• Posted on Thursday, May 13, 2010
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News outlets appeal Pentagon's ban on Guantanamo coverage

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Arguing that a Pentagon order banning four journalists from covering military commissions at Guantanamo Bay was illegal and unconstitutional, The Miami Herald and two Canadian news outlets appealed on Wednesday.

While covering a hearing last week to determine the admissibility of confessions made by Canadian detainee Omar Khadr, four journalists from The Herald, which is owned by McClatchy, the Toronto Star, the Globe and Mail and Can-West Newspapers of Canada printed the name of a witness who had been identified at the hearing as "Interrogator No. 1.'' The witness, Joshua Claus, had been convicted by a U.S. military jury of detainee abuse in 2005 and sentenced to five months in prison. His role as Khadr's interrogator had been known since 2008, when it was first revealed by a judge at Guantanamo. He later gave an on-the-record interview to the Toronto Star.

The Pentagon, however, said the reporters had violated ground rules for being permitted to cover military tribunals by revealing Interrogator No. 1's name in dispatches preceding his testimony and said they would not be permitted to cover future military commission hearings.

The four reporters include Miami Herald correspondent Carol Rosenberg, who has covered the Guantanamo detention facility since it opened in 2002.

Appealing for the newspapers, attorney David A. Schulz wrote, "The order is mistaken, the remedy is too severe, and the expulsion should be rescinded.''

In a letter to Bryan Whitman, deputy assistant secretary of defense for media operations, Schulz said the law that created the military commissions says only a judge can make such decisions and only then if disclosure of information would damage national security or threaten an individual's security. He said banning the reporters also violated requirements that military trials of all types be open to press coverage and infringed on the reporters' First Amendment rights.

Additionally, Schulz said the reporters did not violate the ground rules because they did not learn Claus's name at Guantanamo. He noted that no military purpose is served by banning someone for publishing information that's easily available on the Internet and that in any case Claus had surrendered his right to anonymity when he contacted the Toronto Star in 2008 and asked to be interviewed.

"Our position remains unchanged: We did not violate any of the court rules for being at Guantanamo,'' said Miami Herald Managing Editor Aminda Marques Gonzalez. "I feel confident that once they review the facts that they are going to come to the same conclusion and reverse the order.''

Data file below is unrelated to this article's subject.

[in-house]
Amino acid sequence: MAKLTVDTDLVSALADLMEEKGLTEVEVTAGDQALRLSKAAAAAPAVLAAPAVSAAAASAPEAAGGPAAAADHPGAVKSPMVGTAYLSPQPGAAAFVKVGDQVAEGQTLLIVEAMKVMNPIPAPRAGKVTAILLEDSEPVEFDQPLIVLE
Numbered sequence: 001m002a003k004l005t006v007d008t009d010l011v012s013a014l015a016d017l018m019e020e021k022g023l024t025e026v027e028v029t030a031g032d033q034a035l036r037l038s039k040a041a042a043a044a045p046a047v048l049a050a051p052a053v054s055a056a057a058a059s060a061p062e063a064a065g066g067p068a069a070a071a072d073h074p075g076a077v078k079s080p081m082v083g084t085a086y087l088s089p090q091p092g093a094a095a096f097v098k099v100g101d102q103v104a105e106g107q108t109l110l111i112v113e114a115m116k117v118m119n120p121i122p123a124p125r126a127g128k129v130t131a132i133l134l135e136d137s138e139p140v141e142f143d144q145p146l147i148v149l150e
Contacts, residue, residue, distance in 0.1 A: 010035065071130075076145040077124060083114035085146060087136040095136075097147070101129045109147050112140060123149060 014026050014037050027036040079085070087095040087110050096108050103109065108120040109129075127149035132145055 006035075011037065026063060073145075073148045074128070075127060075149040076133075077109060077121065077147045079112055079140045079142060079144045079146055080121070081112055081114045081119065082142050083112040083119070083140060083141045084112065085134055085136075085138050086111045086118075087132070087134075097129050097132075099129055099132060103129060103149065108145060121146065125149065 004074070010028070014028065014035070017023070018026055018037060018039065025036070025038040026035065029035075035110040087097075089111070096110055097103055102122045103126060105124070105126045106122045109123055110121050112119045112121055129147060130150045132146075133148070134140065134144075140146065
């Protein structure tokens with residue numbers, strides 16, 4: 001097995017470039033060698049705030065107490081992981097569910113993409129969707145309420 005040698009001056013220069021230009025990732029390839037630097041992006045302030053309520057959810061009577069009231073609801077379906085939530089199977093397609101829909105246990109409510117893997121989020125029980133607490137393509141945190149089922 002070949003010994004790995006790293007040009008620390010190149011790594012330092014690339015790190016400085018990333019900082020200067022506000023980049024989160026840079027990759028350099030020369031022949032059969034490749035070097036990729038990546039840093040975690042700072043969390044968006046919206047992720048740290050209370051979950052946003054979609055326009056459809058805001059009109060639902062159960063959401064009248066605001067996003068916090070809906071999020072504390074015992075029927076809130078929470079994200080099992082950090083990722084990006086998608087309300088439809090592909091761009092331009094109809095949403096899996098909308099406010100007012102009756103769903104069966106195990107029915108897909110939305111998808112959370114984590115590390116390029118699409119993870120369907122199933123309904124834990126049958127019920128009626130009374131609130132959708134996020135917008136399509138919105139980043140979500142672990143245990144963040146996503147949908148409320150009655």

Whitman declined to comment.

"This is a matter between the management of the news organizations'' and the Pentagon, Whitman said. "While we are in discussions on that, I don't think it's appropriate to get into any details.''

In its order, the Pentagon said the papers could continue covering the commissions, but with other reporters. Schulz said that was not acceptable.

He noted that Rosenberg has covered nearly every commission hearing, that the Toronto Star's Michelle Shephard has published a book about the case in question, and that Steven Edwards of the CanWest News Service has written more than 200 articles on the Khadr case alone.

Barring them, Schulz said, interferes with the papers' ability to use their foremost experts on Guantanamo.

"Carol is one of the longest-running, most knowledgeable reporters on Gitmo anywhere in the country,'' Marques Gonzalez said. "Why would we want to lose such a valuable asset who has years and years of knowledge?''

The appeal was filed on the same day that five human rights groups — Human Rights First, the American Civil Liberties Union, Amnesty International, Human Rights Watch, and the National Institute of Military Justice — wrote Col. David Lapan, the press director for the Defense Department, urging him to reconsider the ban. The groups said the ban was "counter to the Obama administration´┐Żs stated commitment to transparency in government."


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An eight-month McClatchy investigation of the detention system created after the Sept. 11 terrorist attacks has found that the U.S. imprisoned innocent men, subjected them to abuse, stripped them of their legal rights and allowed Islamic militants to turn the prison camp at Guantanamo Bay, Cuba into a school for jihad.


Browse an archive of documents obtained by McClatchy in the course of this investigation.